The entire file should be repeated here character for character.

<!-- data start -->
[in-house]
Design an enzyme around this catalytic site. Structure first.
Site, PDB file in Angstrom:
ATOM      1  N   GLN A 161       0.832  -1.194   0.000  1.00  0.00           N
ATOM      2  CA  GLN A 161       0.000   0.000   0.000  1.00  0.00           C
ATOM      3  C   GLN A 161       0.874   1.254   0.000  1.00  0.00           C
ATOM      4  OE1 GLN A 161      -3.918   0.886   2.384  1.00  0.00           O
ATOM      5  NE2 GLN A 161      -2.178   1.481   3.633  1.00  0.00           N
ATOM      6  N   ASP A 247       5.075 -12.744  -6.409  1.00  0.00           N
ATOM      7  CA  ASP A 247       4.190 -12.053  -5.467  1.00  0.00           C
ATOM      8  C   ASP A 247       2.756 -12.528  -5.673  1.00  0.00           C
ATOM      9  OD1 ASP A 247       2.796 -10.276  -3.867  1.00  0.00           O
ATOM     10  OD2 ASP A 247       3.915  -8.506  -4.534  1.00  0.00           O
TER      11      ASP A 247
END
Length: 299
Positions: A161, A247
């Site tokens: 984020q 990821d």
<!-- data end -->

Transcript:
[in-house]
Design an enzyme around this catalytic site. Structure first.
Site, PDB file in Angstrom:
ATOM      1  N   GLN A 161       0.832  -1.194   0.000  1.00  0.00           N
ATOM      2  CA  GLN A 161       0.000   0.000   0.000  1.00  0.00           C
ATOM      3  C   GLN A 161       0.874   1.254   0.000  1.00  0.00           C
ATOM      4  OE1 GLN A 161      -3.918   0.886   2.384  1.00  0.00           O
ATOM      5  NE2 GLN A 161      -2.178   1.481   3.633  1.00  0.00           N
ATOM      6  N   ASP A 247       5.075 -12.744  -6.409  1.00  0.00           N
ATOM      7  CA  ASP A 247       4.190 -12.053  -5.467  1.00  0.00           C
ATOM      8  C   ASP A 247       2.756 -12.528  -5.673  1.00  0.00           C
ATOM      9  OD1 ASP A 247       2.796 -10.276  -3.867  1.00  0.00           O
ATOM     10  OD2 ASP A 247       3.915  -8.506  -4.534  1.00  0.00           O
TER      11      ASP A 247
END
Length: 299
Positions: A161, A247
């Site tokens: 984020q 990821d």